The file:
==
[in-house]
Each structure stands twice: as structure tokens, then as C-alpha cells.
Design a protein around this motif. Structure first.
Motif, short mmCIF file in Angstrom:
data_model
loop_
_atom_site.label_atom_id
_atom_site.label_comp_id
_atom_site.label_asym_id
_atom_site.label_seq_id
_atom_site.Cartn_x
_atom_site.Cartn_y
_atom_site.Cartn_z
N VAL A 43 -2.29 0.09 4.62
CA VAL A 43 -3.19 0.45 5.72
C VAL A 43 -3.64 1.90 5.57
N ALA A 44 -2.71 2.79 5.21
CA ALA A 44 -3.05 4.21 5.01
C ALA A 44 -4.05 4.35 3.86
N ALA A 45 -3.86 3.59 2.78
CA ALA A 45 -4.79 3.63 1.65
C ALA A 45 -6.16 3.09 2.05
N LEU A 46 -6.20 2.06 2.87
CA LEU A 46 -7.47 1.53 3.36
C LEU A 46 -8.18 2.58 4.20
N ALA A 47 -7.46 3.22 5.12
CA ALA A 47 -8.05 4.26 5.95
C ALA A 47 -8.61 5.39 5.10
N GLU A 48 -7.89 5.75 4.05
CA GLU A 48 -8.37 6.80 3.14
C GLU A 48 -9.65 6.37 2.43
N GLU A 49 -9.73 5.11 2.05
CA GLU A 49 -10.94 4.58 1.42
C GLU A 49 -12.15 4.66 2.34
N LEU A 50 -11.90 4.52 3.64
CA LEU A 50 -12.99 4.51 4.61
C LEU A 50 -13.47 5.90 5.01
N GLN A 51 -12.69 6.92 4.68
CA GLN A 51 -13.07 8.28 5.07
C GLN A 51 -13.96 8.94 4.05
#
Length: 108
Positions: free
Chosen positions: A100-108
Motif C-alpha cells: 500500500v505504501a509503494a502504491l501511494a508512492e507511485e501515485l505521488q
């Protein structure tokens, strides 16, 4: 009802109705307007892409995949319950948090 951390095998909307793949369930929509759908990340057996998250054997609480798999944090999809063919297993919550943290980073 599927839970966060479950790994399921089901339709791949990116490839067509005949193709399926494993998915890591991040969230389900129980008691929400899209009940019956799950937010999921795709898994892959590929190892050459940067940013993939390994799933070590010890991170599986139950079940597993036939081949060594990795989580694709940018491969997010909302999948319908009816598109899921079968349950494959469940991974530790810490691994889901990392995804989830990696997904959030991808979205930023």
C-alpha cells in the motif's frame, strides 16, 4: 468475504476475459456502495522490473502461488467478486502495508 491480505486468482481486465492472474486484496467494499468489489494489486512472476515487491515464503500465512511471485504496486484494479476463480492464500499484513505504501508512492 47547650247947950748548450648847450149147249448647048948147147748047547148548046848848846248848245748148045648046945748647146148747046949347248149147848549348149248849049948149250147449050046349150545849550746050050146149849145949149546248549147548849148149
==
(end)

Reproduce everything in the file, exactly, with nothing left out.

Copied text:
[in-house]
Each structure stands twice: as structure tokens, then as C-alpha cells.
Design a protein around this motif. Structure first.
Motif, short mmCIF file in Angstrom:
data_model
loop_
_atom_site.label_atom_id
_atom_site.label_comp_id
_atom_site.label_asym_id
_atom_site.label_seq_id
_atom_site.Cartn_x
_atom_site.Cartn_y
_atom_site.Cartn_z
N VAL A 43 -2.29 0.09 4.62
CA VAL A 43 -3.19 0.45 5.72
C VAL A 43 -3.64 1.90 5.57
N ALA A 44 -2.71 2.79 5.21
CA ALA A 44 -3.05 4.21 5.01
C ALA A 44 -4.05 4.35 3.86
N ALA A 45 -3.86 3.59 2.78
CA ALA A 45 -4.79 3.63 1.65
C ALA A 45 -6.16 3.09 2.05
N LEU A 46 -6.20 2.06 2.87
CA LEU A 46 -7.47 1.53 3.36
C LEU A 46 -8.18 2.58 4.20
N ALA A 47 -7.46 3.22 5.12
CA ALA A 47 -8.05 4.26 5.95
C ALA A 47 -8.61 5.39 5.10
N GLU A 48 -7.89 5.75 4.05
CA GLU A 48 -8.37 6.80 3.14
C GLU A 48 -9.65 6.37 2.43
N GLU A 49 -9.73 5.11 2.05
CA GLU A 49 -10.94 4.58 1.42
C GLU A 49 -12.15 4.66 2.34
N LEU A 50 -11.90 4.52 3.64
CA LEU A 50 -12.99 4.51 4.61
C LEU A 50 -13.47 5.90 5.01
N GLN A 51 -12.69 6.92 4.68
CA GLN A 51 -13.07 8.28 5.07
C GLN A 51 -13.96 8.94 4.05
#
Length: 108
Positions: free
Chosen positions: A100-108
Motif C-alpha cells: 500500500v505504501a509503494a502504491l501511494a508512492e507511485e501515485l505521488q
């Protein structure tokens, strides 16, 4: 009802109705307007892409995949319950948090 951390095998909307793949369930929509759908990340057996998250054997609480798999944090999809063919297993919550943290980073 599927839970966060479950790994399921089901339709791949990116490839067509005949193709399926494993998915890591991040969230389900129980008691929400899209009940019956799950937010999921795709898994892959590929190892050459940067940013993939390994799933070590010890991170599986139950079940597993036939081949060594990795989580694709940018491969997010909302999948319908009816598109899921079968349950494959469940991974530790810490691994889901990392995804989830990696997904959030991808979205930023």
C-alpha cells in the motif's frame, strides 16, 4: 468475504476475459456502495522490473502461488467478486502495508 491480505486468482481486465492472474486484496467494499468489489494489486512472476515487491515464503500465512511471485504496486484494479476463480492464500499484513505504501508512492 47547650247947950748548450648847450149147249448647048948147147748047547148548046848848846248848245748148045648046945748647146148747046949347248149147848549348149248849049948149250147449050046349150545849550746050050146149849145949149546248549147548849148149